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James Hyerczyk
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Foreign Currencies

The U.S. Dollar closed higher last week with all of its gains coming on Friday. The headlines said the rally was fueled by month-end profit-taking, but Treasury yields edged higher for the week and most of the U.S. economic reports beat the forecasts so there may be more to the move than end-of-the-month position-squaring.

The Fed was dovish as expected but this wasn’t news since Fed Chairman Powell and his policymaking colleagues have been telegraphing this for months. Nonetheless, the headliner writers blamed central bank policy for the weakness ahead of Friday.

Last week, the June U.S. Dollar Index settled at 91.270, up 0.431 or +0.47%.

Dollar Index Component Breakdown

Breaking down the week into the Dollar Index’s main components the Euro lost 0.63%, the British Pound fell 0.51% and the Japanese Yen closed 1.35% lower. The Canadian Dollar rose 1.46% and the Swiss Franc was up 0.07%.

The Australian and New Zealand Dollars were down 0.49% and 0.47% for the week, respectively. However, the commodity-linked currencies aren’t a component of the dollar index.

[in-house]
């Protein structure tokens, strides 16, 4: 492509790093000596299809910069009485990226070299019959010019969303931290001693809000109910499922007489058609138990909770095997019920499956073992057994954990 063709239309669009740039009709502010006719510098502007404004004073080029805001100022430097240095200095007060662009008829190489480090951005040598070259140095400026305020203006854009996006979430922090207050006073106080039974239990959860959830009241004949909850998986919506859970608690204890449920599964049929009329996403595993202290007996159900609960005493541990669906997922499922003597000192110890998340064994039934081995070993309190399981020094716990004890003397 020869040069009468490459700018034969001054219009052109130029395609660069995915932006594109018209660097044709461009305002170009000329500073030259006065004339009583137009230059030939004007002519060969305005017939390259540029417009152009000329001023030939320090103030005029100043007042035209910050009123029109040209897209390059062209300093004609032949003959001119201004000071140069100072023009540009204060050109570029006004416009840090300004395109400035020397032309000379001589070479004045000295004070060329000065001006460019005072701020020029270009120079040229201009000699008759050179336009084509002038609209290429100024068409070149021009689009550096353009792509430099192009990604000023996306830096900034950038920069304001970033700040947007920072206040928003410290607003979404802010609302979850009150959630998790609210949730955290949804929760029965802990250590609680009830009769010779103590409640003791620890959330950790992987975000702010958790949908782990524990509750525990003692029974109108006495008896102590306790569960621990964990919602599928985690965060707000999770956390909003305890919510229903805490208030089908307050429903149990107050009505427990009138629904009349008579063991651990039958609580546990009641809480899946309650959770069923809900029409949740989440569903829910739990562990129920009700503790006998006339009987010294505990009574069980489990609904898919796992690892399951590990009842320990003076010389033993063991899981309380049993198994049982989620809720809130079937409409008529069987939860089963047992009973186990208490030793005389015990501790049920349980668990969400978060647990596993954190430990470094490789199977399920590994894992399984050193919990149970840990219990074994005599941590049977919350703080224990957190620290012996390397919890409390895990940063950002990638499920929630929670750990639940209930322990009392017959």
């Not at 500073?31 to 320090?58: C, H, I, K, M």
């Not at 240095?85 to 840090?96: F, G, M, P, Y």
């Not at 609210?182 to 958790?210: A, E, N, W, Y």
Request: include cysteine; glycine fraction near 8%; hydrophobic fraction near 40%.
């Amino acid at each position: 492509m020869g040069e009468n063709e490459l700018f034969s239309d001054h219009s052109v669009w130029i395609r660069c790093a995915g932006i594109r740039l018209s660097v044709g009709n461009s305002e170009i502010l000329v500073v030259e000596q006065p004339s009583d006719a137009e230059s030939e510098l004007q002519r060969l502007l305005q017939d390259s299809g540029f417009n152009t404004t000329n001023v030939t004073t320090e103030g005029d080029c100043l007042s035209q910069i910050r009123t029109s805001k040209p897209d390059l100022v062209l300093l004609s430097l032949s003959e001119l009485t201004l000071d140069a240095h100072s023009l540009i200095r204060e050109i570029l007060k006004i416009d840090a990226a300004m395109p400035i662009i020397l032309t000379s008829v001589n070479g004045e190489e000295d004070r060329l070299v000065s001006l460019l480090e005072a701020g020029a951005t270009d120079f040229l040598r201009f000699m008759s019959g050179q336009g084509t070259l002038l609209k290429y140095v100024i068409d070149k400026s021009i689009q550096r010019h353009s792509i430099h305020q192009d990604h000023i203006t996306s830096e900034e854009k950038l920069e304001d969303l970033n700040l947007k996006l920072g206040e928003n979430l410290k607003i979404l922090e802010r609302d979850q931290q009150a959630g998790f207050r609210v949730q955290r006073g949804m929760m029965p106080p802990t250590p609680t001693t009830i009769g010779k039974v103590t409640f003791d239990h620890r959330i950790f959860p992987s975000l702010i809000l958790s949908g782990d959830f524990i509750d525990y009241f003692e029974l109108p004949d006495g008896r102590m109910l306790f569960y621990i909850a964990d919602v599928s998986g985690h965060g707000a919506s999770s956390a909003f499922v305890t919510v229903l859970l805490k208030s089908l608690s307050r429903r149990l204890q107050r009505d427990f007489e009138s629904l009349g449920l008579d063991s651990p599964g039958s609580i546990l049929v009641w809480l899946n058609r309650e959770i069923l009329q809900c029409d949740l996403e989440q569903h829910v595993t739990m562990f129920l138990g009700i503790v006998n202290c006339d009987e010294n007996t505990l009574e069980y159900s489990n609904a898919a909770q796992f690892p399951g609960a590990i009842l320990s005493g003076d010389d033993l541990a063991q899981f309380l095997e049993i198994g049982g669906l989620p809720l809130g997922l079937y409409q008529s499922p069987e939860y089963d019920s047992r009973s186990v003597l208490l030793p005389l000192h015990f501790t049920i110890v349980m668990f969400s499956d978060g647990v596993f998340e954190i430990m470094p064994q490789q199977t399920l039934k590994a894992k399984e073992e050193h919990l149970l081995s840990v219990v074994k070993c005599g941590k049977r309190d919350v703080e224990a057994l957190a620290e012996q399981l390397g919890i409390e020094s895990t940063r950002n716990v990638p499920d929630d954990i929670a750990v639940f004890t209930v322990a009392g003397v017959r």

The Euro fell sharply on Friday, erasing all of its weekly gains just one day after reaching its highest level since February 26.

Reuters reported on Friday that the Euro Zone economy dipped into a second technical recession after a smaller than expected contraction in the first quarter, but is now firmly set for a recovery as pandemic curbs are lifted amid accelerating vaccination campaigns, economists said.

The British Pound also wiped out its weekly gains on Friday as investors dumped the Sterling ahead of next week’s Bank of England policy meeting. Few analysts expect major changes to the Bank of England’s policy settings next Thursday, although some see the central bank slowing its bond-buying.

The Japanese Yen was weak against the U.S. Dollar all week as rising Treasury yields helped widen the spread over Japanese Government bond yields, making the U.S. Dollar a more attractive asset.

The Canadian Dollar rose against the greenback in a move that was sparked on Wednesday as investors cheered domestic retail sales data and the Federal Reserve stuck to its dovish stance, trailing the Bank of Canada on moves to reduce emergency support for the economy.

The Fed held interest rates and its monthly bond-buying program steady, nodding to the U.S. economy’s growing strength but giving no sign it was ready to reduce its support for the recovery.

In contrast, the Bank of Canada signaled the prior week it could start hiking rates from their record lows in late 2022 and cut the pace of its bond purchases.

Essentially, Canadian Government bond yields rose faster than U.S. Government bond yields, making the Canadian Dollar a more attractive asset.

For a look at all of today’s economic events, check out our economic calendar.

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